THURSDAY, Sept. 29 (HealthDay News) -- Men over 75 with prostate
cancer who are otherwise healthy are being undertreated for their
condition, according to a new study.
Meanwhile, younger men with prostate cancer who are affected by
other health problems -- or "co-morbid" conditions -- are being
treated for their cancer, but not responding as well as expected,
University of California, Los Angeles researchers found.
"This study suggests that men with certain medical conditions are being treated just as aggressively for their prostate cancer as men who are healthy, even though they are more likely to die of non-prostate cancer causes. Conversely, men over 75 are not being aggressively treated when they may, in fact, fare better than younger men with complicating health issues," the study's first author, Dr. Karim Chamie, a postdoctoral fellow in urologic oncology and health services research, said in a UCLA news release.
"There are individual medical problems that impact survival much more so than simply being 75 years of age," Chamie added.
In conducting the study, the researchers examined the medical
records of more than 1,000 men diagnosed with prostate cancer who
were being treated at a federally subsidized Veterans Affairs
The researchers specifically chose the VA hospital in order to
eliminate speculation that treatment decisions were also
bottom-line cost decisions. "This really speaks to the underlying
psychology of physicians and how they manage patients with prostate
cancer," Chamie explained in the news release.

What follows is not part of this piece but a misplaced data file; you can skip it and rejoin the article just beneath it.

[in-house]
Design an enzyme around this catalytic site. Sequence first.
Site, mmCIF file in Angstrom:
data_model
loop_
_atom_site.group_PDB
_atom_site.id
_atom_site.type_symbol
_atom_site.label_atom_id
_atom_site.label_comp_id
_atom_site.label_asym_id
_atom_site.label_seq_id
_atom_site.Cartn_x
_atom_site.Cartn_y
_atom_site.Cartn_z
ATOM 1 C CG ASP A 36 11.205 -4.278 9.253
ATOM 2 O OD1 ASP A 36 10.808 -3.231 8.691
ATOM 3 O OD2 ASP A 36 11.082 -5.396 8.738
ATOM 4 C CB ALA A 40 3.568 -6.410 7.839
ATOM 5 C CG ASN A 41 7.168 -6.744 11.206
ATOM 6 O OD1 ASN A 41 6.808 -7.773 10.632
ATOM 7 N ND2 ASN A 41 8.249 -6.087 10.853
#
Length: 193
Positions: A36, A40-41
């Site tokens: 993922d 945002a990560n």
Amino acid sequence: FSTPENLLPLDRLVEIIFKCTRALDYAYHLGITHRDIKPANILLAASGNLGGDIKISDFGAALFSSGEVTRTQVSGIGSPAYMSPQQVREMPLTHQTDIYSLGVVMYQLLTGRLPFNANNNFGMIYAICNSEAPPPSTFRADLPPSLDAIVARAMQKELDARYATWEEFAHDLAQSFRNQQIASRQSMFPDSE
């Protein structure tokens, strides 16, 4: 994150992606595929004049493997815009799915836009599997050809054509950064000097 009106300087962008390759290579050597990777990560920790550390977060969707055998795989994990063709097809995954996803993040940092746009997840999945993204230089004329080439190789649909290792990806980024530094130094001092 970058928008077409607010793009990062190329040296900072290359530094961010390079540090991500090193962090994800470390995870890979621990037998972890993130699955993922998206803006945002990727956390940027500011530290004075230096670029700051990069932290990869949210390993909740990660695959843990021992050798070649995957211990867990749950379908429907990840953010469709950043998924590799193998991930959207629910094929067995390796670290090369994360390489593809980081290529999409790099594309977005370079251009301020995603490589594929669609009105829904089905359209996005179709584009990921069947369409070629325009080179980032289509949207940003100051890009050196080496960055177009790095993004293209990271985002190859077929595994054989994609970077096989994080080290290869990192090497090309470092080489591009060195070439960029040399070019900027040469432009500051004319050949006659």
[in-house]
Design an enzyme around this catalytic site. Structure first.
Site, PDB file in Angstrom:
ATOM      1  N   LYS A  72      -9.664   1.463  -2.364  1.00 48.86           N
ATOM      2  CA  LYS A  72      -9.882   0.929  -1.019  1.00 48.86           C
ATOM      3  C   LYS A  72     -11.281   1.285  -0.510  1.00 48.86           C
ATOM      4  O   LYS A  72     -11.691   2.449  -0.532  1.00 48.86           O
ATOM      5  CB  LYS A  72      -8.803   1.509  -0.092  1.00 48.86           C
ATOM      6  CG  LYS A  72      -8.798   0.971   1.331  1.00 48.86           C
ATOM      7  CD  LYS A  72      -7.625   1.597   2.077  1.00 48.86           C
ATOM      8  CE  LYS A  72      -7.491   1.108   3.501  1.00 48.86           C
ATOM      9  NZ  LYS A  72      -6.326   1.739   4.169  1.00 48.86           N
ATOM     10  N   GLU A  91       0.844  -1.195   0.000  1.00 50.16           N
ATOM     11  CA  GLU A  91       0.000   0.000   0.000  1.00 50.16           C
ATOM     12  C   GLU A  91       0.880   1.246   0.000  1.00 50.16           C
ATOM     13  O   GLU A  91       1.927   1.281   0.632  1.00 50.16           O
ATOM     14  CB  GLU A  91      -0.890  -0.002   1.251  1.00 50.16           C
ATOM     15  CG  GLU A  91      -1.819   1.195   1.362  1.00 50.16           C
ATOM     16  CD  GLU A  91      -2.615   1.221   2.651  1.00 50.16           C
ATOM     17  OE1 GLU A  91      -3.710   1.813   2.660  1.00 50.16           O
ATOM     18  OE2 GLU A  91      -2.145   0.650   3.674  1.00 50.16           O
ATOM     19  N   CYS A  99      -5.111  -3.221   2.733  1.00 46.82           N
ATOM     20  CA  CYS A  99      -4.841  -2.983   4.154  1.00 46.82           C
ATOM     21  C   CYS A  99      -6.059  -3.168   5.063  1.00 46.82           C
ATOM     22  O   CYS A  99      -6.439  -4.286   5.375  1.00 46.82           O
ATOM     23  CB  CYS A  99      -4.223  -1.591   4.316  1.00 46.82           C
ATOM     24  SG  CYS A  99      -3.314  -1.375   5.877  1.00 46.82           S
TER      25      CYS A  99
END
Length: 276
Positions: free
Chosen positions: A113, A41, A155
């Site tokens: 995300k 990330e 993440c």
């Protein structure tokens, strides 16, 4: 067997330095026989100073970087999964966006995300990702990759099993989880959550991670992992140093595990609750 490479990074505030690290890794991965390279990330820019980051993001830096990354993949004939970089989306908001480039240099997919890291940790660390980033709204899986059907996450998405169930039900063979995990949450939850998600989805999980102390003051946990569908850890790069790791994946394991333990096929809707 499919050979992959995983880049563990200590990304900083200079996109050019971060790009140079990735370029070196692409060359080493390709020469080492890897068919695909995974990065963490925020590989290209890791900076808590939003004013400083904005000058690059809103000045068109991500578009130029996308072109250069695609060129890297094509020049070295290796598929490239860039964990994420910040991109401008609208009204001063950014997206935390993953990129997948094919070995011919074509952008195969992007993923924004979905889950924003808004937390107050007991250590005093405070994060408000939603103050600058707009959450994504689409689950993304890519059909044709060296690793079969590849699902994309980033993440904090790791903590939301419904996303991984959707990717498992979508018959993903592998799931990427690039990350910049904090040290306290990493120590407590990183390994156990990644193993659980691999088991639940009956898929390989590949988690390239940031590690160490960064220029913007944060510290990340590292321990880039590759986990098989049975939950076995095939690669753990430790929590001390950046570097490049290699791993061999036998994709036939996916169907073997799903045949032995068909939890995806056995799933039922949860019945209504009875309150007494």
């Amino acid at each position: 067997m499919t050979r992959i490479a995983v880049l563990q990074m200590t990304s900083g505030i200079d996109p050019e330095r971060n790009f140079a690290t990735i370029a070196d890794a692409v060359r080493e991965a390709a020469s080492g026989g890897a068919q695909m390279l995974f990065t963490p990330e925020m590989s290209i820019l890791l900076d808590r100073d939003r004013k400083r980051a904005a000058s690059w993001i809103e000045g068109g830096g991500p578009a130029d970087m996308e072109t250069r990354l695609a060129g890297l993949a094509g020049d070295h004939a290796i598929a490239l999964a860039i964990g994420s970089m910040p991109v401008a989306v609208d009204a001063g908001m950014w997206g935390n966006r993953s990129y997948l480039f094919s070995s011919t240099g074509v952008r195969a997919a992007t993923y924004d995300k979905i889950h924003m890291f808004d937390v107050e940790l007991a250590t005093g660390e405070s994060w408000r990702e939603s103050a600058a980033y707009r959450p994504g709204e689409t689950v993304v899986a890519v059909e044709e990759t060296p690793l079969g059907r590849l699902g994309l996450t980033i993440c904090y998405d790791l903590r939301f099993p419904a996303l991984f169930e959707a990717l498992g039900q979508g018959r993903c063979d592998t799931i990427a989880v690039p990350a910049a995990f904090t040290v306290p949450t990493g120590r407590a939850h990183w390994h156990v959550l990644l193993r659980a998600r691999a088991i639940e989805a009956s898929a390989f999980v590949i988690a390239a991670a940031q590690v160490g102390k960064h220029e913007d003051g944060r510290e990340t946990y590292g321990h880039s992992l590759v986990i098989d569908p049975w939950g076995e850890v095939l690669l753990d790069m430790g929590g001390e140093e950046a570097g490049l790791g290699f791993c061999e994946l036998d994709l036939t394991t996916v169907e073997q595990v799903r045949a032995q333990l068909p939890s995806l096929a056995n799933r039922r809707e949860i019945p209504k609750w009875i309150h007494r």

Although men with prostate cancer who were also being treated
for another co-existing medical issue (such as chronic obstructive
pulmonary disease, diabetes and peripheral vascular disease) had
lower survival rates than other men, their cancer was treated just
as aggressively, the investigators found.
The study revealed that of the roughly two-thirds of men who
underwent aggressive treatment for prostate cancer, only 16 percent
who had no other health problems died of other causes after 10
In contrast, 35 percent of men who also had diabetes died of
causes not related to their cancer after 10 years. Meanwhile, the
study showed 50 percent of diabetic men who had organ damage
related to the condition died within that time frame for reasons
Similarly, 49 percent of men who also had peripheral vascular
disease who were treated for their cancer were dead within 10
years, and 65 percent of men with moderate to severe chronic
obstructive pulmonary disease also died. In both of those
situations, the men died for reasons not related to cancer,
according to the findings published in the Sept. 21 online edition
Journal of General Internal Medicine.
"I think some physicians may think that a man with only one co-morbid condition is healthier than he may in fact be," said Chamie. "Some patients, even those with just a single co-morbid condition, might benefit from surveillance, as they may die as a result of other causes before their prostate cancer and avoid being exposed to some of the debilitating side effects of treatments."
In taking the age of the men into account, however, the study
revealed that only about 25 percent of 75-year-olds were being
treated for their prostate cancer -- even though they had a 58
percent chance of surviving another decade.
"This study suggests that while physicians use patient age of 75 as a very strong cue to avoid overtreatment of men with prostate cancer, they are less likely to integrate certain co-morbidities into prostate cancer decision making," concluded Dr. Mark S. Litwin, chairman of the urology department and a researcher at UCLA's Jonsson Comprehensive Cancer Center, in the release. "There are some medical conditions that portend a poor prognosis and should therefore be taken into consideration in the decision-making process."
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